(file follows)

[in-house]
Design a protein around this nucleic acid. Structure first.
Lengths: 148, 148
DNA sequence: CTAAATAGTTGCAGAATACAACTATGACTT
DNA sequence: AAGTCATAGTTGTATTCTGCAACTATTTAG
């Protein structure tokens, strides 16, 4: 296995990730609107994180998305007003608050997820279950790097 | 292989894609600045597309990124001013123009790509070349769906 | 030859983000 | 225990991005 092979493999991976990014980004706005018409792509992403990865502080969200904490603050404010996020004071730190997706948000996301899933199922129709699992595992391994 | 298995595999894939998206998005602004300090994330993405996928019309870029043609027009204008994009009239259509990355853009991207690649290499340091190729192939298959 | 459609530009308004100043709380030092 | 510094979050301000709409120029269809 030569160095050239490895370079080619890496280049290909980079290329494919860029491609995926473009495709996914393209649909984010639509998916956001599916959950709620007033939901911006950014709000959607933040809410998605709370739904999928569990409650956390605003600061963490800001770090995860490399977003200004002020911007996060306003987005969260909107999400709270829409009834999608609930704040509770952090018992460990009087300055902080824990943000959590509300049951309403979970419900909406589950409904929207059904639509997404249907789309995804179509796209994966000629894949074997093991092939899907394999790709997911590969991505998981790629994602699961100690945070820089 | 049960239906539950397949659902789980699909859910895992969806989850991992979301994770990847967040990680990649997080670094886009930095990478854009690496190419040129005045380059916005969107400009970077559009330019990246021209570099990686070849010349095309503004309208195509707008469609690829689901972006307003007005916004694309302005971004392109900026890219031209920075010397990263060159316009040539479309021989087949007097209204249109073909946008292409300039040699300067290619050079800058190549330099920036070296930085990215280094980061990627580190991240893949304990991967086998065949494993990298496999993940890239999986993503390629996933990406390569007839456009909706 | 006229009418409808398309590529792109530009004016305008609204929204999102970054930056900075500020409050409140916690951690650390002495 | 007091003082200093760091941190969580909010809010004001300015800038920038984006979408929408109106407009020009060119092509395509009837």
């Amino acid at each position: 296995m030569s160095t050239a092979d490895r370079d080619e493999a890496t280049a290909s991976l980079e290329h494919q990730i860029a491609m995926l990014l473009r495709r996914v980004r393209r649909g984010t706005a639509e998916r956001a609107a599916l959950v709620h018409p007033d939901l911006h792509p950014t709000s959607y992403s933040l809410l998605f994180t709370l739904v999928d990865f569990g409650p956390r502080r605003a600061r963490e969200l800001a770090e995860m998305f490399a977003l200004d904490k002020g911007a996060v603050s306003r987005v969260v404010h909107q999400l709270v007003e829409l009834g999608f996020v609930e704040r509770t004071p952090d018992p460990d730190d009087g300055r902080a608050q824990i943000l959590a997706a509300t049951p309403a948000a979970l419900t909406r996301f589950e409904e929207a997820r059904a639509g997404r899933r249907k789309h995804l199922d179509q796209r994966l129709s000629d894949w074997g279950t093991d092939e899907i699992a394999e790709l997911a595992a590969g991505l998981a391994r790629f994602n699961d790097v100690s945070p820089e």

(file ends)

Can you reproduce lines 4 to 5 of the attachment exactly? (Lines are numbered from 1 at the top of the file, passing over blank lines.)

DNA sequence: CTAAATAGTTGCAGAATACAACTATGACTT
DNA sequence: AAGTCATAGTTGTATTCTGCAACTATTTAG